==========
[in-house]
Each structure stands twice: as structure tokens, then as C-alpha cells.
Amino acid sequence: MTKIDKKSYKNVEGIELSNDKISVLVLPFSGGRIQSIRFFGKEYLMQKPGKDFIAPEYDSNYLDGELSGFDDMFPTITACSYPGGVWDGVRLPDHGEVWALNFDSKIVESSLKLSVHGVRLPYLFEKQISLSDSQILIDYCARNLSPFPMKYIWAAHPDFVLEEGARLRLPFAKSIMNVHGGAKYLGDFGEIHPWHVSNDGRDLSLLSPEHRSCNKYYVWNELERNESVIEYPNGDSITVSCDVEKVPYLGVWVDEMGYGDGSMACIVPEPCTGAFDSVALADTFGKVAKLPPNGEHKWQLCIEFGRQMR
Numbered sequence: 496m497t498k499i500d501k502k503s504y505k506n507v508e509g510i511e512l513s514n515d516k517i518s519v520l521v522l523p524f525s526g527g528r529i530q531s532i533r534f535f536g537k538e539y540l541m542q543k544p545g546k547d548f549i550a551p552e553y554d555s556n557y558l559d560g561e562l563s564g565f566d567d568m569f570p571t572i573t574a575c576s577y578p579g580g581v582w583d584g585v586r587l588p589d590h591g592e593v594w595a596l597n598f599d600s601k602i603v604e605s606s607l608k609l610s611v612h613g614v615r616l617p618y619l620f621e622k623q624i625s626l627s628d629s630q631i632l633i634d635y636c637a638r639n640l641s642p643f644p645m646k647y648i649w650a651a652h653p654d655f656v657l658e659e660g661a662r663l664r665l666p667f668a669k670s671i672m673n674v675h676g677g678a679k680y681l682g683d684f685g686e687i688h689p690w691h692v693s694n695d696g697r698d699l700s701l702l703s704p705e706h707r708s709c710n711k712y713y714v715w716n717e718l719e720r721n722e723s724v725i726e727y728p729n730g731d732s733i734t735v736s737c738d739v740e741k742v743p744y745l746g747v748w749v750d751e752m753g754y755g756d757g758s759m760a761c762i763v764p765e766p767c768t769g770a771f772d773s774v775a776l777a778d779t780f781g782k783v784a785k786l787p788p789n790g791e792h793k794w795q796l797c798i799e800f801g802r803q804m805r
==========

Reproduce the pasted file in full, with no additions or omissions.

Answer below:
[in-house]
Each structure stands twice: as structure tokens, then as C-alpha cells.
Amino acid sequence: MTKIDKKSYKNVEGIELSNDKISVLVLPFSGGRIQSIRFFGKEYLMQKPGKDFIAPEYDSNYLDGELSGFDDMFPTITACSYPGGVWDGVRLPDHGEVWALNFDSKIVESSLKLSVHGVRLPYLFEKQISLSDSQILIDYCARNLSPFPMKYIWAAHPDFVLEEGARLRLPFAKSIMNVHGGAKYLGDFGEIHPWHVSNDGRDLSLLSPEHRSCNKYYVWNELERNESVIEYPNGDSITVSCDVEKVPYLGVWVDEMGYGDGSMACIVPEPCTGAFDSVALADTFGKVAKLPPNGEHKWQLCIEFGRQMR
Numbered sequence: 496m497t498k499i500d501k502k503s504y505k506n507v508e509g510i511e512l513s514n515d516k517i518s519v520l521v522l523p524f525s526g527g528r529i530q531s532i533r534f535f536g537k538e539y540l541m542q543k544p545g546k547d548f549i550a551p552e553y554d555s556n557y558l559d560g561e562l563s564g565f566d567d568m569f570p571t572i573t574a575c576s577y578p579g580g581v582w583d584g585v586r587l588p589d590h591g592e593v594w595a596l597n598f599d600s601k602i603v604e605s606s607l608k609l610s611v612h613g614v615r616l617p618y619l620f621e622k623q624i625s626l627s628d629s630q631i632l633i634d635y636c637a638r639n640l641s642p643f644p645m646k647y648i649w650a651a652h653p654d655f656v657l658e659e660g661a662r663l664r665l666p667f668a669k670s671i672m673n674v675h676g677g678a679k680y681l682g683d684f685g686e687i688h689p690w691h692v693s694n695d696g697r698d699l700s701l702l703s704p705e706h707r708s709c710n711k712y713y714v715w716n717e718l719e720r721n722e723s724v725i726e727y728p729n730g731d732s733i734t735v736s737c738d739v740e741k742v743p744y745l746g747v748w749v750d751e752m753g754y755g756d757g758s759m760a761c762i763v764p765e766p767c768t769g770a771f772d773s774v775a776l777a778d779t780f781g782k783v784a785k786l787p788p789n790g791e792h793k794w795q796l797c798i799e800f801g802r803q804m805r